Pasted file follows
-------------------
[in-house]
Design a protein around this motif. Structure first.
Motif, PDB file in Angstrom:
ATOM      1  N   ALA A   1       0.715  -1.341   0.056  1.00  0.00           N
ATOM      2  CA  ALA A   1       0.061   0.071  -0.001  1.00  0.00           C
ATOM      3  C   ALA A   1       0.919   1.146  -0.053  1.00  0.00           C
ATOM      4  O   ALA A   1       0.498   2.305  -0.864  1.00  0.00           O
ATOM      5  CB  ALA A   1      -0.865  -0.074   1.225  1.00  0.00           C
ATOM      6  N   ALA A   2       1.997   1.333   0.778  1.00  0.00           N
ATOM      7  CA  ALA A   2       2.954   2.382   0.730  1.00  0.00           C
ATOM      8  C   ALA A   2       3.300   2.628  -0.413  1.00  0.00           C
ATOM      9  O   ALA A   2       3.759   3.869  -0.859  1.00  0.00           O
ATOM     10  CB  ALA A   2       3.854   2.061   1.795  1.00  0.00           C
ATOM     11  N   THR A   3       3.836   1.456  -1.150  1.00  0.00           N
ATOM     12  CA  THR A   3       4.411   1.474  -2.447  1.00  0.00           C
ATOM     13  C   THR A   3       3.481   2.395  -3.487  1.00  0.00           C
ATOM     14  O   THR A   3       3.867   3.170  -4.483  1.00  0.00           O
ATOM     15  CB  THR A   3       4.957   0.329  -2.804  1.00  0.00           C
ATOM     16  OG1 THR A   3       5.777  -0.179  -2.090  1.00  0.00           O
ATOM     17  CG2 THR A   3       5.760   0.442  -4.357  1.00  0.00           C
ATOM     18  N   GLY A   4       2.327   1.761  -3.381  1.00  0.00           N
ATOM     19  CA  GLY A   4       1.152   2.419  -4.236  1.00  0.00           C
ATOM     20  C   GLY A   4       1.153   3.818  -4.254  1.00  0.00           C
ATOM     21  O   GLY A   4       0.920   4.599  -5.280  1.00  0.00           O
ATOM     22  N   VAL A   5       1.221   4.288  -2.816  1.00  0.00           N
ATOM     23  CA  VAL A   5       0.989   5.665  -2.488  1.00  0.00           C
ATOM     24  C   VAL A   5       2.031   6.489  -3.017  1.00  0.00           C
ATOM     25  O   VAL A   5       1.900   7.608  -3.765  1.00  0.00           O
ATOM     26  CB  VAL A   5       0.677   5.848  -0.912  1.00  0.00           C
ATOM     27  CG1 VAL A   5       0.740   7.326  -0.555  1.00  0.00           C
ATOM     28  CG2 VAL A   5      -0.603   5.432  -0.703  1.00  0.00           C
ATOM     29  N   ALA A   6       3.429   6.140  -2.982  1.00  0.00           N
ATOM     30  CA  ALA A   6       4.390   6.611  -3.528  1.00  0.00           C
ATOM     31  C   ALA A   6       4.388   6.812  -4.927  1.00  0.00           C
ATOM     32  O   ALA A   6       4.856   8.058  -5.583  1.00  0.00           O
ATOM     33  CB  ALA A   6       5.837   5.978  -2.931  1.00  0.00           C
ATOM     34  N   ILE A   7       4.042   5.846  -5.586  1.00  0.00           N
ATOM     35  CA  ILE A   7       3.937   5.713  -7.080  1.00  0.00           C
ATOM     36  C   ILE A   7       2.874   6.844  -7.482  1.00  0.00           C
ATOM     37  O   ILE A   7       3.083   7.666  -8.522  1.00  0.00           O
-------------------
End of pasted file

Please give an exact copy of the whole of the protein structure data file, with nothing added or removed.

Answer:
[in-house]
Design a protein around this motif. Structure first.
Motif, PDB file in Angstrom:
ATOM      1  N   ALA A   1       0.715  -1.341   0.056  1.00  0.00           N
ATOM      2  CA  ALA A   1       0.061   0.071  -0.001  1.00  0.00           C
ATOM      3  C   ALA A   1       0.919   1.146  -0.053  1.00  0.00           C
ATOM      4  O   ALA A   1       0.498   2.305  -0.864  1.00  0.00           O
ATOM      5  CB  ALA A   1      -0.865  -0.074   1.225  1.00  0.00           C
ATOM      6  N   ALA A   2       1.997   1.333   0.778  1.00  0.00           N
ATOM      7  CA  ALA A   2       2.954   2.382   0.730  1.00  0.00           C
ATOM      8  C   ALA A   2       3.300   2.628  -0.413  1.00  0.00           C
ATOM      9  O   ALA A   2       3.759   3.869  -0.859  1.00  0.00           O
ATOM     10  CB  ALA A   2       3.854   2.061   1.795  1.00  0.00           C
ATOM     11  N   THR A   3       3.836   1.456  -1.150  1.00  0.00           N
ATOM     12  CA  THR A   3       4.411   1.474  -2.447  1.00  0.00           C
ATOM     13  C   THR A   3       3.481   2.395  -3.487  1.00  0.00           C
ATOM     14  O   THR A   3       3.867   3.170  -4.483  1.00  0.00           O
ATOM     15  CB  THR A   3       4.957   0.329  -2.804  1.00  0.00           C
ATOM     16  OG1 THR A   3       5.777  -0.179  -2.090  1.00  0.00           O
ATOM     17  CG2 THR A   3       5.760   0.442  -4.357  1.00  0.00           C
ATOM     18  N   GLY A   4       2.327   1.761  -3.381  1.00  0.00           N
ATOM     19  CA  GLY A   4       1.152   2.419  -4.236  1.00  0.00           C
ATOM     20  C   GLY A   4       1.153   3.818  -4.254  1.00  0.00           C
ATOM     21  O   GLY A   4       0.920   4.599  -5.280  1.00  0.00           O
ATOM     22  N   VAL A   5       1.221   4.288  -2.816  1.00  0.00           N
ATOM     23  CA  VAL A   5       0.989   5.665  -2.488  1.00  0.00           C
ATOM     24  C   VAL A   5       2.031   6.489  -3.017  1.00  0.00           C
ATOM     25  O   VAL A   5       1.900   7.608  -3.765  1.00  0.00           O
ATOM     26  CB  VAL A   5       0.677   5.848  -0.912  1.00  0.00           C
ATOM     27  CG1 VAL A   5       0.740   7.326  -0.555  1.00  0.00           C
ATOM     28  CG2 VAL A   5      -0.603   5.432  -0.703  1.00  0.00           C
ATOM     29  N   ALA A   6       3.429   6.140  -2.982  1.00  0.00           N
ATOM     30  CA  ALA A   6       4.390   6.611  -3.528  1.00  0.00           C
ATOM     31  C   ALA A   6       4.388   6.812  -4.927  1.00  0.00           C
ATOM     32  O   ALA A   6       4.856   8.058  -5.583  1.00  0.00           O
ATOM     33  CB  ALA A   6       5.837   5.978  -2.931  1.00  0.00           C
ATOM     34  N   ILE A   7       4.042   5.846  -5.586  1.00  0.00           N
ATOM     35  CA  ILE A   7       3.937   5.713  -7.080  1.00  0.00           C
ATOM     36  C   ILE A   7       2.874   6.844  -7.482  1.00  0.00           C
ATOM     37  O   ILE A   7       3.083   7.666  -8.522  1.00  0.00           O